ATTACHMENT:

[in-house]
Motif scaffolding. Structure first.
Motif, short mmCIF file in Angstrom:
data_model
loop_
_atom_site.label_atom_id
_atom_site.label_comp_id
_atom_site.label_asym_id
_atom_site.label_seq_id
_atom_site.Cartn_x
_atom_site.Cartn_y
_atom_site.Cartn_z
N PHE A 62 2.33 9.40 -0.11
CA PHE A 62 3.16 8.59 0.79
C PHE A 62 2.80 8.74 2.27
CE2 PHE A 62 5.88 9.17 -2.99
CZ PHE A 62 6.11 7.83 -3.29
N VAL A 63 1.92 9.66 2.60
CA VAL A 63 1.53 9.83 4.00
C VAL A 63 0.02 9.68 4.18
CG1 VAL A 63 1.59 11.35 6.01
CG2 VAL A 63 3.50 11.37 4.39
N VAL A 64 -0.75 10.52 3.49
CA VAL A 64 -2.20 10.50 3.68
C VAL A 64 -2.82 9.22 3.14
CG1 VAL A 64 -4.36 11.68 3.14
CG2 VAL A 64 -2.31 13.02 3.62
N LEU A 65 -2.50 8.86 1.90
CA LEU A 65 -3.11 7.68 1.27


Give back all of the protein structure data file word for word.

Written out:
[in-house]
Motif scaffolding. Structure first.
Motif, short mmCIF file in Angstrom:
data_model
loop_
_atom_site.label_atom_id
_atom_site.label_comp_id
_atom_site.label_asym_id
_atom_site.label_seq_id
_atom_site.Cartn_x
_atom_site.Cartn_y
_atom_site.Cartn_z
N PHE A 62 2.33 9.40 -0.11
CA PHE A 62 3.16 8.59 0.79
C PHE A 62 2.80 8.74 2.27
CE2 PHE A 62 5.88 9.17 -2.99
CZ PHE A 62 6.11 7.83 -3.29
N VAL A 63 1.92 9.66 2.60
CA VAL A 63 1.53 9.83 4.00
C VAL A 63 0.02 9.68 4.18
CG1 VAL A 63 1.59 11.35 6.01
CG2 VAL A 63 3.50 11.37 4.39
N VAL A 64 -0.75 10.52 3.49
CA VAL A 64 -2.20 10.50 3.68
C VAL A 64 -2.82 9.22 3.14
CG1 VAL A 64 -4.36 11.68 3.14
CG2 VAL A 64 -2.31 13.02 3.62
N LEU A 65 -2.50 8.86 1.90
CA LEU A 65 -3.11 7.68 1.27